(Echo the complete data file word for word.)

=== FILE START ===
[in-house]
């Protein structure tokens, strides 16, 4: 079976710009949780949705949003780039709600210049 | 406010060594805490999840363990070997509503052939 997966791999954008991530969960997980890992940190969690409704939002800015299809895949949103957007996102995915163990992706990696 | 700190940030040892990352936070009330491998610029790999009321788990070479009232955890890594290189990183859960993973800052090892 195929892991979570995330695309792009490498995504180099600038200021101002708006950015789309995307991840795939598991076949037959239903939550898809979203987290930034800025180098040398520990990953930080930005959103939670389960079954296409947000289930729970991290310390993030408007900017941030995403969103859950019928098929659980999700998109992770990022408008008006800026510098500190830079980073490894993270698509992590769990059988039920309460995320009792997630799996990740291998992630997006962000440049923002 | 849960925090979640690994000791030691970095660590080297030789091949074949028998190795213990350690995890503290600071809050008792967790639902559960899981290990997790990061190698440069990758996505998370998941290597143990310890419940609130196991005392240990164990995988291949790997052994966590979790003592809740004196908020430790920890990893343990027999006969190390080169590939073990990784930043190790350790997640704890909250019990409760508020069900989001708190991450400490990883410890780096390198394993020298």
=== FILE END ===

[in-house]
């Protein structure tokens, strides 16, 4: 079976710009949780949705949003780039709600210049 | 406010060594805490999840363990070997509503052939 997966791999954008991530969960997980890992940190969690409704939002800015299809895949949103957007996102995915163990992706990696 | 700190940030040892990352936070009330491998610029790999009321788990070479009232955890890594290189990183859960993973800052090892 195929892991979570995330695309792009490498995504180099600038200021101002708006950015789309995307991840795939598991076949037959239903939550898809979203987290930034800025180098040398520990990953930080930005959103939670389960079954296409947000289930729970991290310390993030408007900017941030995403969103859950019928098929659980999700998109992770990022408008008006800026510098500190830079980073490894993270698509992590769990059988039920309460995320009792997630799996990740291998992630997006962000440049923002 | 849960925090979640690994000791030691970095660590080297030789091949074949028998190795213990350690995890503290600071809050008792967790639902559960899981290990997790990061190698440069990758996505998370998941290597143990310890419940609130196991005392240990164990995988291949790997052994966590979790003592809740004196908020430790920890990893343990027999006969190390080169590939073990990784930043190790350790997640704890909250019990409760508020069900989001708190991450400490990883410890780096390198394993020298």